If you’ve never been to my fine artist website, I invite you to give it a look at www.bloodlinesart.com (with an ‘s’!) and if you’d ever like to buy prints or purchase my art on items like iPhone covers, pillow throws, tote bags, greeting cards or a variety of other items then please visit http://tom-blood.pixels.com
Thanks for coming along for the journey and stay tuned … there’s a lot more to come!

Four of my paintings find a new home

Any time I sell a painting, I’m both amazed, happy and a bit sad, as well.
Sales of my paintings have never really been prolific – especially on my bloodlinesart.com website – in fact, my total sales to date have amounted to the null set.

But maybe that is beginning to change. A recent instagram post promoting my work on my website attracted hundreds of new followers. That was fun to watch.

Artsy_Shark has thousands of art-loving followers who recently saw this post promoting my painting work.

Artsy_Shark has thousands of art-loving followers who recently saw this post promoting my painting work.

The other day, I received an inquiry via my website from an art curator in New Mexico. It turns out a collector right here in St. Louis – who just so happens to be one of the largest collectors of modern art in the Midwest, visited my website, liked what he saw and asked about purchasing ten of my paintings.

Yes, ten!

I actually met this collector through a new business presentation I was attending and I told him about my art. I followed up with an email inviting him to take a look and lo and behold, he did.

For now, I have sold four paintings, each of which has its own unique story:

Agents Orange was done back in 1994. I still have some t-shirts featuring that painting that were sold as part of one of my Creative Gallery Shows. The original thought behind that was that instead of cacti in the desert, I would instead have men dressed in black. It has been hanging in the Blood household for many years. I hope it finds a good new place to hang!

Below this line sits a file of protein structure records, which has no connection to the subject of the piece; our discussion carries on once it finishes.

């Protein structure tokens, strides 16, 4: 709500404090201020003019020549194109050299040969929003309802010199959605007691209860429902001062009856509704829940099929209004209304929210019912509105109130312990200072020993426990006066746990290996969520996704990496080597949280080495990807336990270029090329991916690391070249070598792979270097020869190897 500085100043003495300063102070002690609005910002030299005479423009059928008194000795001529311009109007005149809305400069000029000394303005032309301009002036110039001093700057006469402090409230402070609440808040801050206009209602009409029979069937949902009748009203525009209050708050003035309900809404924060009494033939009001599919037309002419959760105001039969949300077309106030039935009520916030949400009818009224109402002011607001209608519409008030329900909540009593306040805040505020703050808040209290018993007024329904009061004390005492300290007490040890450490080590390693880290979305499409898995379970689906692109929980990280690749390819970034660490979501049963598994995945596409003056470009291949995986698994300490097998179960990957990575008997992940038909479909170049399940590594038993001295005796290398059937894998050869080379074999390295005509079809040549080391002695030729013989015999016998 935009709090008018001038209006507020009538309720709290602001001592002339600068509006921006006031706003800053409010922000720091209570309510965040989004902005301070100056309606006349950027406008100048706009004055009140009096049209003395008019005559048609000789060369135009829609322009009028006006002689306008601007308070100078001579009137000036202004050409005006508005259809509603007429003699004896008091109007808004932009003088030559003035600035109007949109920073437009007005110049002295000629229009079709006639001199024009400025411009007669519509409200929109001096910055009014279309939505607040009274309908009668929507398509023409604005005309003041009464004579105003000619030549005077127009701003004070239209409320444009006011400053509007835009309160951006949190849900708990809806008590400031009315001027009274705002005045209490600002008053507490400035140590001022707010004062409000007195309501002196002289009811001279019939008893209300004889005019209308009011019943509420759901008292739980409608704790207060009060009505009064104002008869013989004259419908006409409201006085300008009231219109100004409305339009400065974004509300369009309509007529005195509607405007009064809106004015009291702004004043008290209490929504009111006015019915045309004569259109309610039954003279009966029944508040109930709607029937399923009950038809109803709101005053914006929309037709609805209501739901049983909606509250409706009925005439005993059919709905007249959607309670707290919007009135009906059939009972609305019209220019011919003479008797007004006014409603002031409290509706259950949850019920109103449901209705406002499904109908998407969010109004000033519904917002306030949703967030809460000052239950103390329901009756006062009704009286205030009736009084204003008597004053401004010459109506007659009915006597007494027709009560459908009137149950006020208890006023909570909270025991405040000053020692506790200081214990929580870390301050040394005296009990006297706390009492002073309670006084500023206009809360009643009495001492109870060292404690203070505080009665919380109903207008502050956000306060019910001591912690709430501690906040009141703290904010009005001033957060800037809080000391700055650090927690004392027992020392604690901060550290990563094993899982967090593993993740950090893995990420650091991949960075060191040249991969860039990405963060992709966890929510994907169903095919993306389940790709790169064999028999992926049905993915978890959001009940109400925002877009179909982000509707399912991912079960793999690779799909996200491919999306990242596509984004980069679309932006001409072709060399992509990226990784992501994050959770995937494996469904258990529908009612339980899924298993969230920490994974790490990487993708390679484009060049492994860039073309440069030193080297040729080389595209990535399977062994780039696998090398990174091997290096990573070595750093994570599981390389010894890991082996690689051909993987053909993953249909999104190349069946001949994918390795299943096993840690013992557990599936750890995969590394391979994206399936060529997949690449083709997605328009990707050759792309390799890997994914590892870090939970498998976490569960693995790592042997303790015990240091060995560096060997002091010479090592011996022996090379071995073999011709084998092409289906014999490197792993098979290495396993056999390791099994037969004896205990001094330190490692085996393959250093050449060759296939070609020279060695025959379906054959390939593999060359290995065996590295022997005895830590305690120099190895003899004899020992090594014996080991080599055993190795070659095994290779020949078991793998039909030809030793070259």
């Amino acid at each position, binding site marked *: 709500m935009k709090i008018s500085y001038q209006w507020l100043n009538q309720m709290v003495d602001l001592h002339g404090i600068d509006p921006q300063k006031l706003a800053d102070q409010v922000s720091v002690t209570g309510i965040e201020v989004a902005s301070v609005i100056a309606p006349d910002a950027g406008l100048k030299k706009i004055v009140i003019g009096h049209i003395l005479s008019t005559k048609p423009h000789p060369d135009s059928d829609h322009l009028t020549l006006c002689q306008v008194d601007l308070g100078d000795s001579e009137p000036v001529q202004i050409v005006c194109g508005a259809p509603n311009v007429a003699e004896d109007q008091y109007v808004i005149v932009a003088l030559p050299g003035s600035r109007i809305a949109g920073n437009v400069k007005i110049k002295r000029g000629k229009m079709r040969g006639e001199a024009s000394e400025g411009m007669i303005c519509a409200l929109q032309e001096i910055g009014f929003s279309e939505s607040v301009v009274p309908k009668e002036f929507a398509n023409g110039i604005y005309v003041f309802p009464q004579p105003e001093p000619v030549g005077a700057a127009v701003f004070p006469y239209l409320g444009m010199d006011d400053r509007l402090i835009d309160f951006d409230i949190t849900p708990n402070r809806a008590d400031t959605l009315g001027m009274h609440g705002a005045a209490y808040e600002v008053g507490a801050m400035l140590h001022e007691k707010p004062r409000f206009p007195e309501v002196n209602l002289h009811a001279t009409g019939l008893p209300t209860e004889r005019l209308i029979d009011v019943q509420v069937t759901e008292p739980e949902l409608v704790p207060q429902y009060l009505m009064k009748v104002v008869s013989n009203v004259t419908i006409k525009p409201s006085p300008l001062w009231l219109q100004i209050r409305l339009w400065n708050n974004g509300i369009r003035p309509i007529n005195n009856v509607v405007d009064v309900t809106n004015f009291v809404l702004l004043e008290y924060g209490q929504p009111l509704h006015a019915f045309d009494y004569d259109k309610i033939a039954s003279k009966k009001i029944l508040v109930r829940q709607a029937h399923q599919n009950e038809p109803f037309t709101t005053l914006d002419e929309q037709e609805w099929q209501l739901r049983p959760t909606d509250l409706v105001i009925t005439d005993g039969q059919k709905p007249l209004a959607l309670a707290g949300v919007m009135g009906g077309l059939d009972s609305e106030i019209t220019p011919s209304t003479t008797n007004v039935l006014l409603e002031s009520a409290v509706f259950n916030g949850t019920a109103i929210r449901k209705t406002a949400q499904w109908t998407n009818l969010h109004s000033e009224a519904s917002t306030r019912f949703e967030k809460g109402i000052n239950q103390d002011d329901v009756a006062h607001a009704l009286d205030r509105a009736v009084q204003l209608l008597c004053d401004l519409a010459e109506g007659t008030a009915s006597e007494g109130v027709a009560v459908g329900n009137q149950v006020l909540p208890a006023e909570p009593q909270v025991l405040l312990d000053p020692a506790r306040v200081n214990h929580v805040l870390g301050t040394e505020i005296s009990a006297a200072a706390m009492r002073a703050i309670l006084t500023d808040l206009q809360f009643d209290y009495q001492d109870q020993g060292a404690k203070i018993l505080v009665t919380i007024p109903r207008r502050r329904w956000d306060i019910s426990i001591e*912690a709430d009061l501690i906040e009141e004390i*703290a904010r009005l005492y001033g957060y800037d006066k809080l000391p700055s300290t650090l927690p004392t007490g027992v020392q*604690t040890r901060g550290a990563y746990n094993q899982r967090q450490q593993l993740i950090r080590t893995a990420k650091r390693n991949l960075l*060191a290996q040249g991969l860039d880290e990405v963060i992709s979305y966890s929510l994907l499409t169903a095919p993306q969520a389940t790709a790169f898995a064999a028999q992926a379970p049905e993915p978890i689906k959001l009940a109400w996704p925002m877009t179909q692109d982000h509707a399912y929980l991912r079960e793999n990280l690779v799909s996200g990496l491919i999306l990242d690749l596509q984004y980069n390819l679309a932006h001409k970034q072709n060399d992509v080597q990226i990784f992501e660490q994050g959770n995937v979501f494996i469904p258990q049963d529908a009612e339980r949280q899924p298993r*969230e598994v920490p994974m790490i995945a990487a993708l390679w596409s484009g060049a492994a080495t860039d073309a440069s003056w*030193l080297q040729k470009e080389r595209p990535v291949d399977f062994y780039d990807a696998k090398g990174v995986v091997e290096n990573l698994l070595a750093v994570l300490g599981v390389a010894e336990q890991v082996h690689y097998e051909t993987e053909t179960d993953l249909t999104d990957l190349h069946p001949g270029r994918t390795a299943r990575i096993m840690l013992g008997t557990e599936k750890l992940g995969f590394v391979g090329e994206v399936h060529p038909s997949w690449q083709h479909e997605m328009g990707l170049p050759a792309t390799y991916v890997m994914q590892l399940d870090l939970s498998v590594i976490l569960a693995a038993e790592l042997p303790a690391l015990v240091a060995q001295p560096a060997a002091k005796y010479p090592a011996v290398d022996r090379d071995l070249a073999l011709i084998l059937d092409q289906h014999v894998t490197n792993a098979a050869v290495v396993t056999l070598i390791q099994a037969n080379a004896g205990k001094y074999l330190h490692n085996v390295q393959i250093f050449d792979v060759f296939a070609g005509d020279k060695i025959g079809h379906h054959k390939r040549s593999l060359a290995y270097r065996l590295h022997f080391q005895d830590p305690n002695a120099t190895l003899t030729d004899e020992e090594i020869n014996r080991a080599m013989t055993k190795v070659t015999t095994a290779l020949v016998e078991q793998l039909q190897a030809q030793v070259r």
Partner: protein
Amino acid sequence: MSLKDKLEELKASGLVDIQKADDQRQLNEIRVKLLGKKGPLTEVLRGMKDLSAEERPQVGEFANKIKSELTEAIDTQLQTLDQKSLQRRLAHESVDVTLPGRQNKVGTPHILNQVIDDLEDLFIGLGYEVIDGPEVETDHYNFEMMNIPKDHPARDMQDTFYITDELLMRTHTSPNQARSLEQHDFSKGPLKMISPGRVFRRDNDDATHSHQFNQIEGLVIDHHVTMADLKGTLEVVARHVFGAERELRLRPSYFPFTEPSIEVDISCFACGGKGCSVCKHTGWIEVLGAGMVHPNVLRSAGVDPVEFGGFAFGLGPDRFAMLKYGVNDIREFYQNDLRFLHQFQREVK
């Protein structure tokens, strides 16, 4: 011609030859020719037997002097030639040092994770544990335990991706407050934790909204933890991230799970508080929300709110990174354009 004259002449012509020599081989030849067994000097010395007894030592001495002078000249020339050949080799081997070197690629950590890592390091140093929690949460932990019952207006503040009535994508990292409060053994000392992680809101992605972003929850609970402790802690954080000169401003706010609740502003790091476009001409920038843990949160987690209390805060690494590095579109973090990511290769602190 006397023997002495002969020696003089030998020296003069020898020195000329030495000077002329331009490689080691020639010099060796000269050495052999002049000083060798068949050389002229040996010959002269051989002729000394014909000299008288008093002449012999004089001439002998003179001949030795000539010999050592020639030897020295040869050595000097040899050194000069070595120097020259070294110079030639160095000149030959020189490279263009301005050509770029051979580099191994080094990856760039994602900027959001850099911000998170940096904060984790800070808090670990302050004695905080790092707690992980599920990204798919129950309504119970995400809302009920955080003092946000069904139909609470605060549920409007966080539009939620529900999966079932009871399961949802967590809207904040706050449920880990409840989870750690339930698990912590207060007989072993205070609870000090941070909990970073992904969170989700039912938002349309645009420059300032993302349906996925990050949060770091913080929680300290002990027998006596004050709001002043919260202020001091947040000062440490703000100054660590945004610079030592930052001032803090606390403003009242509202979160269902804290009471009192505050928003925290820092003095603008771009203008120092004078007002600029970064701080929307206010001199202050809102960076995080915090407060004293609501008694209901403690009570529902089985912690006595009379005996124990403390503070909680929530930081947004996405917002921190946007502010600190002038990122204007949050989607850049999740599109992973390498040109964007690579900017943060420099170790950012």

Men take the place of cacti in a barren desert setting.

Men take the place of cacti in a barren desert setting.

Stairway to Heaven was a surprise purchase. It’s an odd painting and the men in black are somewhat cartoonish. Still, there’s something about the characters that has a storyline in it – it’s almost as if they’re resigned to beginning the climb. In one way or another, we’re all climbing, each day.

Men in black began a long ascent into who knows where.

Men in black began a long ascent into who knows where.

Bridge to Nowhere was a simplistic, minimalist thought that popped into my head one evening while I was sleeping. The painting that resulted is almost an exact replica of what I thought, right on down to the missing planks in the bridge. I am still working to become a better painter of clouds. To me, Magritte is the best painter of clouds I have ever seen. I continue to work on getting better at skies and believe that is happening – though in a different manner than Magritte portrayed them.

An old wooden bridge stretches from one cloud to another.

An old wooden bridge stretches from one cloud to another.

The Pier was a fun painting to create with the sky reflecting in the water. It’s always interesting when I take my man in his bowler hat and put him among the elements, oftentimes, dwarfed by all around him.

A man in a bowler hat sits at the end of a pier staring off into either the sunset or sunrise, waiting for what's next.

A man in a bowler hat sits at the end of a pier staring off into either the sunset or sunrise, waiting for what’s next.

The collector is interested in purchasing more. The curator, after viewing my website, is promoting it to a few of her other clients. Word is beginning to spread.

In the meantime, I will continue to try and get better with each new painting I undertake. I just unveiled my latest painting on my BloodLinesArt and http:tom-blood.pixels.website

Initial reaction has been very positive but I’ve already begun the next painting, trying to stay on a painting per month timeline. I am trying to do a better job of marketing my art. In the meantime, I have been ramping up new efforts for BloodLines Creative. I have been fortunate to continue to get new business without having to actively pursue too much. That is no way to run a business.

One must always be on the hunt, always in pursuit of what’s next. Sometimes, things do fall into your lap. But the old adage is true: the harder I try, the luckier I get.

Stay tuned, because there’s lots of new news on the horizon!

Portions of the above recently appeared in my bloodlinesart e-newsletter. I figured I might as well push out as a blog as well since readership of both my e-newsletter as well as this blog could use a few more eyeballs. Thanks for feasting yours on this piece!